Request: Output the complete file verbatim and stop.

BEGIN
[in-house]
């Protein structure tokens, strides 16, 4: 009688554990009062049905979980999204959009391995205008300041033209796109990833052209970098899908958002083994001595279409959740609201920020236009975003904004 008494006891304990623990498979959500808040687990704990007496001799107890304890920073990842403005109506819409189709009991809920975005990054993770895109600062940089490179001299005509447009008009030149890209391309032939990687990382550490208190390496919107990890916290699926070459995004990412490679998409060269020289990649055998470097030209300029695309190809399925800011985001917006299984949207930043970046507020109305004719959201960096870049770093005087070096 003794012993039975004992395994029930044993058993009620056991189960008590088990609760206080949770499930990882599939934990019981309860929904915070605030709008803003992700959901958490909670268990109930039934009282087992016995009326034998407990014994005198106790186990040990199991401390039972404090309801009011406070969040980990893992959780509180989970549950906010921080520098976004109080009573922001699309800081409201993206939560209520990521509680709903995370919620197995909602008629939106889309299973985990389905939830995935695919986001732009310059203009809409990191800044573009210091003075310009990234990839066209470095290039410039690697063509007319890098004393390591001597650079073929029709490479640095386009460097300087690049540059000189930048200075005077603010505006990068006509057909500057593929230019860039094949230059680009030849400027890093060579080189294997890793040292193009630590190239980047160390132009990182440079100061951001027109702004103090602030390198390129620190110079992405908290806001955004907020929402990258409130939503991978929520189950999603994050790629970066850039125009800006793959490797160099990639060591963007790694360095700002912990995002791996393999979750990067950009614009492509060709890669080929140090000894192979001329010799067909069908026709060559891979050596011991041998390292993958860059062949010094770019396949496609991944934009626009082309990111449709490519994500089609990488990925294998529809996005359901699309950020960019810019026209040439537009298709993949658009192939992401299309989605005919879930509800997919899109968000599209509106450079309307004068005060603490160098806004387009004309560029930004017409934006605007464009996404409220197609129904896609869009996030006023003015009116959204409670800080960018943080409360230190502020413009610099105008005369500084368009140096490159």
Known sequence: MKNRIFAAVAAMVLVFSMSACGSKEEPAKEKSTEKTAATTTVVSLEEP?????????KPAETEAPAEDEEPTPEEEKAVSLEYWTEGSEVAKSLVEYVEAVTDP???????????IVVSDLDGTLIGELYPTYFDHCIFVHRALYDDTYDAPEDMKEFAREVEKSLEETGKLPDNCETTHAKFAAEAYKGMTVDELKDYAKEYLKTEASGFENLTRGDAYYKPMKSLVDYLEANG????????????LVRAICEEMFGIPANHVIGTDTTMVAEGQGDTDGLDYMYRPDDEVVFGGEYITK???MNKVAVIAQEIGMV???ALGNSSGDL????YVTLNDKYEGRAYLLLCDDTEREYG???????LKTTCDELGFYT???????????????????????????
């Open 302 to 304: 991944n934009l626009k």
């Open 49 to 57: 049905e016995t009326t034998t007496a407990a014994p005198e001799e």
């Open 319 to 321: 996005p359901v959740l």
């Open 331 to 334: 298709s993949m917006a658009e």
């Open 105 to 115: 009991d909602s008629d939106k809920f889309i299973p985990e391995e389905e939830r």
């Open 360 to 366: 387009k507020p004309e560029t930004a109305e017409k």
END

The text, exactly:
[in-house]
């Protein structure tokens, strides 16, 4: 009688554990009062049905979980999204959009391995205008300041033209796109990833052209970098899908958002083994001595279409959740609201920020236009975003904004 008494006891304990623990498979959500808040687990704990007496001799107890304890920073990842403005109506819409189709009991809920975005990054993770895109600062940089490179001299005509447009008009030149890209391309032939990687990382550490208190390496919107990890916290699926070459995004990412490679998409060269020289990649055998470097030209300029695309190809399925800011985001917006299984949207930043970046507020109305004719959201960096870049770093005087070096 003794012993039975004992395994029930044993058993009620056991189960008590088990609760206080949770499930990882599939934990019981309860929904915070605030709008803003992700959901958490909670268990109930039934009282087992016995009326034998407990014994005198106790186990040990199991401390039972404090309801009011406070969040980990893992959780509180989970549950906010921080520098976004109080009573922001699309800081409201993206939560209520990521509680709903995370919620197995909602008629939106889309299973985990389905939830995935695919986001732009310059203009809409990191800044573009210091003075310009990234990839066209470095290039410039690697063509007319890098004393390591001597650079073929029709490479640095386009460097300087690049540059000189930048200075005077603010505006990068006509057909500057593929230019860039094949230059680009030849400027890093060579080189294997890793040292193009630590190239980047160390132009990182440079100061951001027109702004103090602030390198390129620190110079992405908290806001955004907020929402990258409130939503991978929520189950999603994050790629970066850039125009800006793959490797160099990639060591963007790694360095700002912990995002791996393999979750990067950009614009492509060709890669080929140090000894192979001329010799067909069908026709060559891979050596011991041998390292993958860059062949010094770019396949496609991944934009626009082309990111449709490519994500089609990488990925294998529809996005359901699309950020960019810019026209040439537009298709993949658009192939992401299309989605005919879930509800997919899109968000599209509106450079309307004068005060603490160098806004387009004309560029930004017409934006605007464009996404409220197609129904896609869009996030006023003015009116959204409670800080960018943080409360230190502020413009610099105008005369500084368009140096490159």
Known sequence: MKNRIFAAVAAMVLVFSMSACGSKEEPAKEKSTEKTAATTTVVSLEEP?????????KPAETEAPAEDEEPTPEEEKAVSLEYWTEGSEVAKSLVEYVEAVTDP???????????IVVSDLDGTLIGELYPTYFDHCIFVHRALYDDTYDAPEDMKEFAREVEKSLEETGKLPDNCETTHAKFAAEAYKGMTVDELKDYAKEYLKTEASGFENLTRGDAYYKPMKSLVDYLEANG????????????LVRAICEEMFGIPANHVIGTDTTMVAEGQGDTDGLDYMYRPDDEVVFGGEYITK???MNKVAVIAQEIGMV???ALGNSSGDL????YVTLNDKYEGRAYLLLCDDTEREYG???????LKTTCDELGFYT???????????????????????????
């Open 302 to 304: 991944n934009l626009k």
């Open 49 to 57: 049905e016995t009326t034998t007496a407990a014994p005198e001799e």
């Open 319 to 321: 996005p359901v959740l």
């Open 331 to 334: 298709s993949m917006a658009e």
């Open 105 to 115: 009991d909602s008629d939106k809920f889309i299973p985990e391995e389905e939830r």
């Open 360 to 366: 387009k507020p004309e560029t930004a109305e017409k």